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Initialization vector
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Initialization vector

In cryptography, an initialization vector (IV) is a block of bits that is combined with the first block of data in any of several modes of a block cipher. In some cryptosystems it is random and is sent with the ciphertext; in others, such as a disk encryption subsystem, it is based on some info, such as the file's inode, that does not have to be put in the ciphertext.

Initialization vectors are very important when different files are encrypted using the same key. In general, XORing two ciphertexts created using a stream cipher initialized with the same key will yield the same result as XORing the two different plaintext. Recovering both is then simple. Thus, if the same key needs to be reused, a few random bytes, which can be written into the start of the encrypted file, are prepended to the key, assuring a different initialization of the cipherstream for every encryption process.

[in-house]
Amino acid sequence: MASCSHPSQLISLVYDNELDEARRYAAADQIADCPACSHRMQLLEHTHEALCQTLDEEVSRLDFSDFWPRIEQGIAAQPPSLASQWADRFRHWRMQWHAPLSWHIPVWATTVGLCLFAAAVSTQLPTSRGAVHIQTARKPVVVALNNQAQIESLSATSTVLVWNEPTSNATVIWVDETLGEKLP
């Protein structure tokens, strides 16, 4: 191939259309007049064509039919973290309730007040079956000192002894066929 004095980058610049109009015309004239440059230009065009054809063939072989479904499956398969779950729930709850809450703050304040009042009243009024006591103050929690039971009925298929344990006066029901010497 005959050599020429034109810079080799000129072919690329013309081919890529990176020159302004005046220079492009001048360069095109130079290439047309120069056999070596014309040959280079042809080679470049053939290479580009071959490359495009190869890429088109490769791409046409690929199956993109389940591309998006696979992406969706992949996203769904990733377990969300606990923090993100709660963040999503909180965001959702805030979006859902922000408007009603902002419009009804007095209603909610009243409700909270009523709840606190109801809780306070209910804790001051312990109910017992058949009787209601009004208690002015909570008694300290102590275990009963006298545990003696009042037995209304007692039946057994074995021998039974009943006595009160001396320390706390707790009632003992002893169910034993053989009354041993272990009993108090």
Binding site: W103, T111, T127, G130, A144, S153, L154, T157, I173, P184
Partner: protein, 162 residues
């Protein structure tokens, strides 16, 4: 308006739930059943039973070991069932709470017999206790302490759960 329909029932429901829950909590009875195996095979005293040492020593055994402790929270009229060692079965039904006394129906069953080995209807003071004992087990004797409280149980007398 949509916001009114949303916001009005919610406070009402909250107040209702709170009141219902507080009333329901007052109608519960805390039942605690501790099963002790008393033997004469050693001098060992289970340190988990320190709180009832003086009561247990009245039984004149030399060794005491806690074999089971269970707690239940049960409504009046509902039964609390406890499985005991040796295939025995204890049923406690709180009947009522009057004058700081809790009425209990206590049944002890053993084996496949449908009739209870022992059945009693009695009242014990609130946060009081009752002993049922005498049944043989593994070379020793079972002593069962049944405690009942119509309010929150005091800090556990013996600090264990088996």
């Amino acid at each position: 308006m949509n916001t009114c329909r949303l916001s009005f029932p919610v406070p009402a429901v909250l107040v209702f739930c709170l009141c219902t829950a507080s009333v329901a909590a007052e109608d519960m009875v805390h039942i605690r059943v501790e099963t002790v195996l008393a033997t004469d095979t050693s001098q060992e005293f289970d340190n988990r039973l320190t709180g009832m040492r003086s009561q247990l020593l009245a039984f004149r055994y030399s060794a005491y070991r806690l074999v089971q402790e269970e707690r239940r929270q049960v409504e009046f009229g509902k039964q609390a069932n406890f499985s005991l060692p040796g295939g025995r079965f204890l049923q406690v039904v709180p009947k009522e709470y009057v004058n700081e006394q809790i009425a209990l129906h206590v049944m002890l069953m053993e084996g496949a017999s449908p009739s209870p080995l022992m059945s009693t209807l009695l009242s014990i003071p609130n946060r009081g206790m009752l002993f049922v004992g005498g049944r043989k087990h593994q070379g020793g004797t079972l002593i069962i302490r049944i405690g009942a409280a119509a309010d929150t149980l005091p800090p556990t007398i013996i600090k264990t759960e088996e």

The situation is different for block ciphers. In ECB (electronic code book) mode same plain text will encrypt to same ciphertext (for the same key). This reveals patterns in the code. In CBC (cipher block chaining) mode, each block is XORed with the result of the encryption of the previous block. This hides patterns. However, two similar plain text will have (for the same encryption key) the same ciphertext up to the block containing the first difference. This problem can be circumnavigated by prepending a random IV block to the plain text. This will make each ciphertext unique, even when similar plain text is encrypted with the same key in CBC mode.

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